By José Sarmiento Hinojosa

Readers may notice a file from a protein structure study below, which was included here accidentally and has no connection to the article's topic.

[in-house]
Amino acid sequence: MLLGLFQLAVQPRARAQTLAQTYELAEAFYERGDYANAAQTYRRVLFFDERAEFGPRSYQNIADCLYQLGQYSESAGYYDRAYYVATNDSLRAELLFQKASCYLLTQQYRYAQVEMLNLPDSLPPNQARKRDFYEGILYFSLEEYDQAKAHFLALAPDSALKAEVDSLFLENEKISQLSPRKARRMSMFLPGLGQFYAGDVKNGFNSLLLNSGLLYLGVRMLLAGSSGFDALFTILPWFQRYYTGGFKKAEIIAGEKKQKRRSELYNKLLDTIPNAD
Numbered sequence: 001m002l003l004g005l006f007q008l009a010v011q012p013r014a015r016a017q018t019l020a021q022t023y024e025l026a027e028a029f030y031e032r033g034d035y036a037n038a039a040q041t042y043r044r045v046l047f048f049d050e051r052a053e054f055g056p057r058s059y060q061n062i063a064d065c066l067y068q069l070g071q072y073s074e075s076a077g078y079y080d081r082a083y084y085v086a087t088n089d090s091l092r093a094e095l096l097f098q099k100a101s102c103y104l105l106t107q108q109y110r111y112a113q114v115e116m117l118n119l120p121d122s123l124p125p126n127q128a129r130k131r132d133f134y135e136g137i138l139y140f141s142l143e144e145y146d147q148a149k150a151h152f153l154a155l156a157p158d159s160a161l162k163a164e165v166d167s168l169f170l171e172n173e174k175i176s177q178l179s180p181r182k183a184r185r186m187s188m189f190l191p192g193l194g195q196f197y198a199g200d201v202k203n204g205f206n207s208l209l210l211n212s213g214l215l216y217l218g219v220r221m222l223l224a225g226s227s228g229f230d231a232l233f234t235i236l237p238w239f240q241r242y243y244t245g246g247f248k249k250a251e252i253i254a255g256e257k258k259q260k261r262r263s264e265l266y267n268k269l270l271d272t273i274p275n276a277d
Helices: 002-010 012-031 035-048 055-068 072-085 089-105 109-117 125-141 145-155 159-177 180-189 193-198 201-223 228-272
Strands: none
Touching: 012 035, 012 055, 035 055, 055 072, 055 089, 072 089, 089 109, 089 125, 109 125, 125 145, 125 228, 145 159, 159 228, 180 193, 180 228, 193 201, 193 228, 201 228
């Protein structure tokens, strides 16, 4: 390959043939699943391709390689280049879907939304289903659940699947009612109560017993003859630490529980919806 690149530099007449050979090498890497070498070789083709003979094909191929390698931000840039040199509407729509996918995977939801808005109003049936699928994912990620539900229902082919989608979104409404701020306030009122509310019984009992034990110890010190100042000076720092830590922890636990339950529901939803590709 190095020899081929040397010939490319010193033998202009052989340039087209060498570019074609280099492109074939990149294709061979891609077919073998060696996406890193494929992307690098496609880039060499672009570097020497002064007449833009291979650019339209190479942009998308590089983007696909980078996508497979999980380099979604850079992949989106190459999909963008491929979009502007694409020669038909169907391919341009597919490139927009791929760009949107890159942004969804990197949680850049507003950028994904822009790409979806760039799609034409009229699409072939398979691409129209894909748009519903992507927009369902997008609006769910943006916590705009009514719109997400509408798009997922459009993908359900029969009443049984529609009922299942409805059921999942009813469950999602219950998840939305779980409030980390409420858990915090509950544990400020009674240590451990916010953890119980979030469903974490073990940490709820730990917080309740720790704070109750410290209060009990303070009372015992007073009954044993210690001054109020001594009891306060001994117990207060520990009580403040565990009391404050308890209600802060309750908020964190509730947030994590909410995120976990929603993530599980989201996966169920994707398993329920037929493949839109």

It should not become as a surprise that Gustav Deutsch(Vienna, 1952), better known from his work with found footage of obscure sources, had decided to do a film about Edward Hopper’s paintings, recreating the story of Shirley’s (a fictional lead character) personal life through the 30’s to the 60’s. “I am interested in the meaning that is given by the image”1, were his words about Film Ist. a Girl & a Gun, and that reflection could easily land in fertile ground when referring to this latest film. Shirley: Visions of Reality, it’s probably 2013’s definitive masterpiece, a film which digs deep into Hopper’s universe and uses it to spark a story which speaks about an era, its politics, its mood but more importantly, an intimate personal journal through one of America’s most convulsed periods.